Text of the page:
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      Professor of Medicine and Anatomy and Cell Biology

      PH 8 East 101-B
      Division of Molecular Medicine
      622 West 168th Street
      New York, NY 10032
      Ph.: (212) 305-9430
      Fax: (212) 305-4834
      Email: iat1@columbia.edu

1975B.S., Undergraduate: Tufts University, Medford, MA
1981M.D., Ph.D. (Biochemistry), Washington University, St. Louis, MO
1981-1983Internship/Residency: Internal Medicine, Columbia-Presbyterian Medical Center, New York, NY
1983-1985Clinical Fellowship: Endocrinology/Metabolism, Columbia-Presbyterian Medical Center, New York, NY
1983-1985Research Fellowship: Laboratory of Dr. Alan Tall, Department of Medicine, Columbia University, New York, NY
1988-1992

Assistant Professor of Anatomy & Cell Biology, Columbia University College of Physicians and Surgeons, New York , NY

1992-1997

Associate Professor of Medicine and Anatomy & Cell Biology (Tenured), Columbia University College of Physicians and Surgeons, New York , NY

1997-present

Professor of Medicine and Anatomy & Cell Biology (Tenured), Columbia University College of Physicians and Surgeons, New York , NY

1974Phi Beta Kappa, Tufts University, Medford, MA
1975Summa cum laude, Tufts University, Medford, MA
1977Letter of Commendation, Washington School of medicine, St. Louis, MO
1981Mosby Scholarship Book Award, Washington University School of Medicine, St. Louis MO
1981Alpha Omega Alpha, Washington University School of Medicine, St. Louis MO
1985-1987Pfizer Research Award for Young Faculty
1988-1993Silberberg Assistant Professorship of Medicine, Columbia University
1988-1993American Heart Association Established Investigator Award
Invited speaker to Gordon Research Conferences (1988, 1989, 1994, 1996, 1997, 1999, 2001, 2002)
Aspen Research Conference (1989, 1992, 1998, 2000); Deuel Research Conference (1997, 2002)
1997International Symposium on Atherosclerosis (1997, 2000); session chair in satellite symposium of International Congress of Biochemistry and Molecular Biology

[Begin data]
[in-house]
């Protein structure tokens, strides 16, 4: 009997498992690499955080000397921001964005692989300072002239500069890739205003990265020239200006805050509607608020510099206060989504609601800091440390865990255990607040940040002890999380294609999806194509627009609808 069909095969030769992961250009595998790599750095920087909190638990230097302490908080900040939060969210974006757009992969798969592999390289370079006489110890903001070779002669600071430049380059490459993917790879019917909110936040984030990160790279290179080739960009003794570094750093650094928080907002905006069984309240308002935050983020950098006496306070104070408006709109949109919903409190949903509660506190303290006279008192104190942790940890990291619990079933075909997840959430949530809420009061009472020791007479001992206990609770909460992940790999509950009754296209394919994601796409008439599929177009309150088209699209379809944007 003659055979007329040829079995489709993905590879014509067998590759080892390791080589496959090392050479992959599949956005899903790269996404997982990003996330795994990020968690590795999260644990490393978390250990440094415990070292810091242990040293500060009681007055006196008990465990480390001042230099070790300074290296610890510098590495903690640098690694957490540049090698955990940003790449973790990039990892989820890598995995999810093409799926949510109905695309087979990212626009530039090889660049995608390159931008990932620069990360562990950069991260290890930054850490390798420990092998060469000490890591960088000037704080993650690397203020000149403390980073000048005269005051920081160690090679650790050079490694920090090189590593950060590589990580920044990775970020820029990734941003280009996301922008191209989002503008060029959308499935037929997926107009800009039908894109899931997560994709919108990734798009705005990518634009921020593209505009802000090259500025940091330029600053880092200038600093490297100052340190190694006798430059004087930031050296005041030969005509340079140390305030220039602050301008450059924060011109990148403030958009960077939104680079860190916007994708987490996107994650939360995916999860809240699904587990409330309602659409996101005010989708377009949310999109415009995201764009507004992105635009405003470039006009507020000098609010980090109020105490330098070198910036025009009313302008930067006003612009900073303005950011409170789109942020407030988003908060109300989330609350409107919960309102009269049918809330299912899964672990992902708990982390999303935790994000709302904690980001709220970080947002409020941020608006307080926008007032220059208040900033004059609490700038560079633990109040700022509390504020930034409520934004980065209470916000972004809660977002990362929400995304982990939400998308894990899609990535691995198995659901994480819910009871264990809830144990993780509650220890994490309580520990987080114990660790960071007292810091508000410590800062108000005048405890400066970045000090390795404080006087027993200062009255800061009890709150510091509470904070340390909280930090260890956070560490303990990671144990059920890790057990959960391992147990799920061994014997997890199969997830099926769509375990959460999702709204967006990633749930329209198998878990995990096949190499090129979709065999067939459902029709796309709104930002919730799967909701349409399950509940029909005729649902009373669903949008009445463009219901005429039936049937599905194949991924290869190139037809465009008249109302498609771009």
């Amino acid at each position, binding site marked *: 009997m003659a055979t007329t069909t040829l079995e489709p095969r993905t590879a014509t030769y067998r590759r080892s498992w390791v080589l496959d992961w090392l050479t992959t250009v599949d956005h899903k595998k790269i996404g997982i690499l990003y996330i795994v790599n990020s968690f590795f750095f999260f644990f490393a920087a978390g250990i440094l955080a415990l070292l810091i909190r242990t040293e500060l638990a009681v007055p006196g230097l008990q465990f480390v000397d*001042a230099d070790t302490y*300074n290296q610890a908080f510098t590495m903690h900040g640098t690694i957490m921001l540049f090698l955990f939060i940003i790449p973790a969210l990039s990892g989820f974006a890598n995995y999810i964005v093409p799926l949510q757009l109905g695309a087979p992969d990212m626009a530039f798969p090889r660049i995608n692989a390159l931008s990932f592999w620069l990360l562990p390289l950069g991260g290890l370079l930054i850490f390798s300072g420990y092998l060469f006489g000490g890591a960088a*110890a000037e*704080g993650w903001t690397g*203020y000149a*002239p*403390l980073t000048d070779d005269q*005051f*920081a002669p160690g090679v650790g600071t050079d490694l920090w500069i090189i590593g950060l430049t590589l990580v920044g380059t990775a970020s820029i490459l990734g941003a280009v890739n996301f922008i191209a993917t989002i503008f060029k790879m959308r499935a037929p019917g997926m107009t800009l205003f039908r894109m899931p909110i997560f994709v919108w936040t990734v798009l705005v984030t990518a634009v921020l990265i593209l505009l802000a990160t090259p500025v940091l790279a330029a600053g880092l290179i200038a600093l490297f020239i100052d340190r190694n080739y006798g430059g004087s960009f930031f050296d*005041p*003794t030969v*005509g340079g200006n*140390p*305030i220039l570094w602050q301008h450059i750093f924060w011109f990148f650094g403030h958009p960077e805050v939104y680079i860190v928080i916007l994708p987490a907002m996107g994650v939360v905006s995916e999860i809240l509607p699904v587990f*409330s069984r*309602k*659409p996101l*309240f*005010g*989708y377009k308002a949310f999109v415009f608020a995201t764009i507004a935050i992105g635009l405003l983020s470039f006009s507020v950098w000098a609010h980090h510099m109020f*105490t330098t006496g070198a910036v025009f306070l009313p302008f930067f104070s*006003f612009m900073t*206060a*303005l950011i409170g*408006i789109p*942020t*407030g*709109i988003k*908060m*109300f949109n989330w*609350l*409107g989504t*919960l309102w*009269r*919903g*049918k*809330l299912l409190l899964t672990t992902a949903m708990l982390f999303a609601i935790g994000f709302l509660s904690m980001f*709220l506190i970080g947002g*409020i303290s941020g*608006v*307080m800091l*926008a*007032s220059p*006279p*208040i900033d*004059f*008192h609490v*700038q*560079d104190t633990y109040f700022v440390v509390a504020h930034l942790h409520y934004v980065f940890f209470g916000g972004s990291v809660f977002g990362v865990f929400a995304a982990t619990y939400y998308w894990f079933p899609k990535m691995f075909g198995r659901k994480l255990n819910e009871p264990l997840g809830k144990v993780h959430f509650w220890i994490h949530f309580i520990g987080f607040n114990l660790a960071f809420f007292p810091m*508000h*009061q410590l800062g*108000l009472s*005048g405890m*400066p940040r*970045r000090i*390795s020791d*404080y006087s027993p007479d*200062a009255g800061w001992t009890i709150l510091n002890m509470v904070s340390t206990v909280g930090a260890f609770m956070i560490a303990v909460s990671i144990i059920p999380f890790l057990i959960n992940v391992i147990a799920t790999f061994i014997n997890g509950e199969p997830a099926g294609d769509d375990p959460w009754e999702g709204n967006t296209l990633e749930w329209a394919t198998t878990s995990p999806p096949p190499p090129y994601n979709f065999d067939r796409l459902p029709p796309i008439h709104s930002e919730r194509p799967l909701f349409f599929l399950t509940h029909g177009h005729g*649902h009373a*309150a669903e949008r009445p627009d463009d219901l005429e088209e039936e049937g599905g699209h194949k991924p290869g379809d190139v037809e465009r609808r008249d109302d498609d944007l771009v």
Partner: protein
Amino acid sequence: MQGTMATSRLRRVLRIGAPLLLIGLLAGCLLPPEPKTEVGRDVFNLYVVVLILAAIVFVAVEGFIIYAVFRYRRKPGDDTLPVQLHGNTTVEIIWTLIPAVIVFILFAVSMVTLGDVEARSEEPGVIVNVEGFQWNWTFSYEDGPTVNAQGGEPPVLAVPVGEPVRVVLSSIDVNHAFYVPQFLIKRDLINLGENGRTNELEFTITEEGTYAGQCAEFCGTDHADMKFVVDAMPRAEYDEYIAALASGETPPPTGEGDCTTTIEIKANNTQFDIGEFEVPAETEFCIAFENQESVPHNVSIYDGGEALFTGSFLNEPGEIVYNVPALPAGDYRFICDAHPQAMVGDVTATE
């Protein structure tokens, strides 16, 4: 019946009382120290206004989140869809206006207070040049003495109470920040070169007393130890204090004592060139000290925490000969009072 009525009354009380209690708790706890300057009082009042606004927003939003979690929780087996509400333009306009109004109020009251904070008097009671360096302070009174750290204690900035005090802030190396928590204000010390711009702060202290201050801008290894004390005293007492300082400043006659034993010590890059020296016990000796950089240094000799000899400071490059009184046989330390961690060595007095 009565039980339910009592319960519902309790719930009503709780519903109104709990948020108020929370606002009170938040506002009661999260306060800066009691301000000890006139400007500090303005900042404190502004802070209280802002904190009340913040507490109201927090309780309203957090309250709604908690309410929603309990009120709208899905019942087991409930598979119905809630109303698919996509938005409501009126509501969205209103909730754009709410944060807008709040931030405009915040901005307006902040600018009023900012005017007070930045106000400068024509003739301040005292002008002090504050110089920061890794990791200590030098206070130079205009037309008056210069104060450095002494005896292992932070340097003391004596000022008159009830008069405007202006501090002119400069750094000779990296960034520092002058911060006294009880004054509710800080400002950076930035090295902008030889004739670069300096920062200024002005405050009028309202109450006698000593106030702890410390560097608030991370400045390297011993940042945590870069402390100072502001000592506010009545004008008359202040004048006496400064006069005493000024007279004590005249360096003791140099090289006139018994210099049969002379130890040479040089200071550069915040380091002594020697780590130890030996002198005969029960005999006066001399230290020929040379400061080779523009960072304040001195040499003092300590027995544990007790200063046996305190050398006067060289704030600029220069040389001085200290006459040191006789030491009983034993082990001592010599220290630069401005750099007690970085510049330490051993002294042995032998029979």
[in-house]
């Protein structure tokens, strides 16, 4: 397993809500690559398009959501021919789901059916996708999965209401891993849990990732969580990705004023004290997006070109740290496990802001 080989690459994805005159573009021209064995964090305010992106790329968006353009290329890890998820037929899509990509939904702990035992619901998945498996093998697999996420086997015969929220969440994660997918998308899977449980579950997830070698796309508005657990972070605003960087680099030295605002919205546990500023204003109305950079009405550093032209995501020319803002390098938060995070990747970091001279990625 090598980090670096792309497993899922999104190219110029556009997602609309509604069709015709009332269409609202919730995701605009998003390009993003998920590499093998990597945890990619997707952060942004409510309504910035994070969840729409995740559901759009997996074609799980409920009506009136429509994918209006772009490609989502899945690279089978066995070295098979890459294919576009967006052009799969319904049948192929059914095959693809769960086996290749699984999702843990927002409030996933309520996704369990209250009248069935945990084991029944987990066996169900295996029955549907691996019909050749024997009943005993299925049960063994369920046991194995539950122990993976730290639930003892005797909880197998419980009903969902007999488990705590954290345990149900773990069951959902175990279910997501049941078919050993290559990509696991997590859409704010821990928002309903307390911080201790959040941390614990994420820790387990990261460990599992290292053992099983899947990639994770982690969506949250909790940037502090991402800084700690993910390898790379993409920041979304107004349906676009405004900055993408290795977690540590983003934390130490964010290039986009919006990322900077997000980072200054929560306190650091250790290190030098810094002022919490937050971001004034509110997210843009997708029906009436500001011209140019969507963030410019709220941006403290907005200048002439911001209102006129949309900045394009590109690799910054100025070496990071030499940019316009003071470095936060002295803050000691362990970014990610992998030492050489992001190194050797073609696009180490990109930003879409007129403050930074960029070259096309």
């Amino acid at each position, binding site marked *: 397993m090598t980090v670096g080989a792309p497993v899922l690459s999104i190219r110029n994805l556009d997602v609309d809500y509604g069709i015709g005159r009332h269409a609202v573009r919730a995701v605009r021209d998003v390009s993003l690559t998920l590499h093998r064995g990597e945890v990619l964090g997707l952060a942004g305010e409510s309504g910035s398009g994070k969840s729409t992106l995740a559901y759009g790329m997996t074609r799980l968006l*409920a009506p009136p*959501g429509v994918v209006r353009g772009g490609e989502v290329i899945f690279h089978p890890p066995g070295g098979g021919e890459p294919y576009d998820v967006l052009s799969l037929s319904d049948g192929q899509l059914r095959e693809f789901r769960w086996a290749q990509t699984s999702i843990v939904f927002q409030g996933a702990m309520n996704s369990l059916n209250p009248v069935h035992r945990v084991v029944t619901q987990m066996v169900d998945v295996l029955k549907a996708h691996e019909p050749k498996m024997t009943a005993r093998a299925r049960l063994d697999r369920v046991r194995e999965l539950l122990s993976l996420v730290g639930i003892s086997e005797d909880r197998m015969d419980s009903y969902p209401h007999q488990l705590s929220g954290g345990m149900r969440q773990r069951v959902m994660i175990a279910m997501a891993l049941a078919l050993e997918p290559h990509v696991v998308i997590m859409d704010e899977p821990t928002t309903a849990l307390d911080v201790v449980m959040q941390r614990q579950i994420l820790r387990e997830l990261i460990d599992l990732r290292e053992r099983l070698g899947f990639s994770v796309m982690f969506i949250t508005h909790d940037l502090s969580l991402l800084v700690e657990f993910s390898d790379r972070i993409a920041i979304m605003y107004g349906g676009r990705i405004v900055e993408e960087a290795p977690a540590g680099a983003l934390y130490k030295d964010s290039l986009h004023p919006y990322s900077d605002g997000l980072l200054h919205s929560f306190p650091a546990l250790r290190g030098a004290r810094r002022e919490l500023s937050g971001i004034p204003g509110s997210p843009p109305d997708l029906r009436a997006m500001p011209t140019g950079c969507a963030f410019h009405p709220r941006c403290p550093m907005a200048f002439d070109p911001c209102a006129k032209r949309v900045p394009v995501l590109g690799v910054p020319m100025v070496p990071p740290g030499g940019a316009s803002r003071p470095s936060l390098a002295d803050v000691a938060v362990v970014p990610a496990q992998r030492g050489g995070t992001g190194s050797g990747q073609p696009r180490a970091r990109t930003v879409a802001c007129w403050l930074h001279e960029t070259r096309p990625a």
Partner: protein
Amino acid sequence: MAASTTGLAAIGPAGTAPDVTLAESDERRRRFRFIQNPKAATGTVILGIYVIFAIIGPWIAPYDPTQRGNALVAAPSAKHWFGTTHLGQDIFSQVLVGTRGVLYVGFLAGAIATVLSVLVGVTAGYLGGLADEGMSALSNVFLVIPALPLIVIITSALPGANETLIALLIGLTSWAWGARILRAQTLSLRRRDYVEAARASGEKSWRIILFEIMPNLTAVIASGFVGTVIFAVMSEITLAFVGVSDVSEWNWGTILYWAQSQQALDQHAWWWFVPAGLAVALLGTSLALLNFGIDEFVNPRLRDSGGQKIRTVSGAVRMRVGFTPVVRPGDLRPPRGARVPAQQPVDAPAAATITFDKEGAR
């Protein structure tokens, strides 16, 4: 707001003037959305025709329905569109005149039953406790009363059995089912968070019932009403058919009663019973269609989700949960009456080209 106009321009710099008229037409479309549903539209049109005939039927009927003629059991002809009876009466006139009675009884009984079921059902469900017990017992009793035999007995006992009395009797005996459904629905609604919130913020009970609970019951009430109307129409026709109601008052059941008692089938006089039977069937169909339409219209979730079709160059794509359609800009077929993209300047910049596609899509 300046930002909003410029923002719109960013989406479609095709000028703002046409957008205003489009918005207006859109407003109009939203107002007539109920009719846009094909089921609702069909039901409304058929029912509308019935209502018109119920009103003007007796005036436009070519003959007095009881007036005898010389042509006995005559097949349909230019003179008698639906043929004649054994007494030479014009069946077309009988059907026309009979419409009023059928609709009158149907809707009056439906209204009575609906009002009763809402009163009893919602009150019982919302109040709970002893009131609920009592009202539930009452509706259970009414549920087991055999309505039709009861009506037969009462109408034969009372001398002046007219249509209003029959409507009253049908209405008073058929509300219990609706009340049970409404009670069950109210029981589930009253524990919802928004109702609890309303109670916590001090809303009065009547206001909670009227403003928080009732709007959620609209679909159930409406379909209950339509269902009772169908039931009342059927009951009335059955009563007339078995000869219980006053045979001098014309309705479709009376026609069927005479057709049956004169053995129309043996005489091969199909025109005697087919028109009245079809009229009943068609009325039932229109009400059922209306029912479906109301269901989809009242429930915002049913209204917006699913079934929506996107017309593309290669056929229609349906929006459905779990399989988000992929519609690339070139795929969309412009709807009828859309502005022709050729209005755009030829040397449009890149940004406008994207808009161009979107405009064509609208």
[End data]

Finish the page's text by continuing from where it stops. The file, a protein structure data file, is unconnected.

1997Satellite symposium of the American Society for Biochemistry and Molecular Biology (1998); Keystone Conference on Cellular and Molecular Events in the Pathogenesis of Atherosclerosis (2001)
1990Doctor Harold and Golden Lamport Research Award
1992Elected to the American Society for Clinical Investigation
1992-1996Scientific Board of the Stanley J. Sarnoff Endowment for Cardiovascular Science, Inc.
1995-2000Editorial Board of Journal of Biological Chemistry
1996-presentElected to Interurban Clinical Club
1988-presentElected to American Association of Physicians
2001-2006Deputy Editor, Journal of Clinical Investigation
Arteriosclerosis Council (Council on Arteriosclerosis, Thrombosis, and Vascular Biology as of 1997)
American Heart Association; appointed member of the Membership/Credentials Committee (1990-1992, 1997-1999) and Program Committee (1992-1994)
American Society of Biochemists and Molecular Biologists
American Association for the Advancement of Science
American Society for Cell Biology
New York Lipid Club
American Society for Clinical Investigation
North American Vascular Biology Organization
Interurban Clinical Club
American Association of Physicians
Academic appointments
1985-1992Assistant Professor of Medicine, Columbia University College of Physicians and Surgeons, New York, NY
1988-1992Assistant Professor of Anatomy & Cell Biology, Columbia University College of Physicians and Surgeons, New York, NY
Associate Professor of Medicine and Anatomy & Cell Biology (Tenured), Columbia
July 1992-Feb. 1997University College of Physicians and Surgeons, New York, NY